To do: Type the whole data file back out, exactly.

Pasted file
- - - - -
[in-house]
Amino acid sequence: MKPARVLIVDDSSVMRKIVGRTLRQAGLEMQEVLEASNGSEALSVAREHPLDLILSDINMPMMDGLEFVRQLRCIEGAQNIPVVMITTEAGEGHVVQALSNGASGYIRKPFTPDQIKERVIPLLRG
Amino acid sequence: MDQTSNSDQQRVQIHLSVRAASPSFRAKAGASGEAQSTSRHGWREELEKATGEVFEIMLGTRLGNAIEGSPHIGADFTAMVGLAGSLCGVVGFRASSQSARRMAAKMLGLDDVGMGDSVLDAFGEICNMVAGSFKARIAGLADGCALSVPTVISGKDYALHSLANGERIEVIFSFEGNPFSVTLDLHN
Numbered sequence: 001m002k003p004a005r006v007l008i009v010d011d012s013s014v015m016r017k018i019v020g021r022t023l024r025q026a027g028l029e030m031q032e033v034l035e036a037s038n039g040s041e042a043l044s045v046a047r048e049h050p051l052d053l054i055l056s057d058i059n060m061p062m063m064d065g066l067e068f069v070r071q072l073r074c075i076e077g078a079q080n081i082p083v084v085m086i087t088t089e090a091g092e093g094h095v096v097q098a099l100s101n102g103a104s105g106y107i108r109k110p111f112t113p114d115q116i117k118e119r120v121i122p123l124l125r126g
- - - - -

[in-house]
Amino acid sequence: MKPARVLIVDDSSVMRKIVGRTLRQAGLEMQEVLEASNGSEALSVAREHPLDLILSDINMPMMDGLEFVRQLRCIEGAQNIPVVMITTEAGEGHVVQALSNGASGYIRKPFTPDQIKERVIPLLRG
Amino acid sequence: MDQTSNSDQQRVQIHLSVRAASPSFRAKAGASGEAQSTSRHGWREELEKATGEVFEIMLGTRLGNAIEGSPHIGADFTAMVGLAGSLCGVVGFRASSQSARRMAAKMLGLDDVGMGDSVLDAFGEICNMVAGSFKARIAGLADGCALSVPTVISGKDYALHSLANGERIEVIFSFEGNPFSVTLDLHN
Numbered sequence: 001m002k003p004a005r006v007l008i009v010d011d012s013s014v015m016r017k018i019v020g021r022t023l024r025q026a027g028l029e030m031q032e033v034l035e036a037s038n039g040s041e042a043l044s045v046a047r048e049h050p051l052d053l054i055l056s057d058i059n060m061p062m063m064d065g066l067e068f069v070r071q072l073r074c075i076e077g078a079q080n081i082p083v084v085m086i087t088t089e090a091g092e093g094h095v096v097q098a099l100s101n102g103a104s105g106y107i108r109k110p111f112t113p114d115q116i117k118e119r120v121i122p123l124l125r126g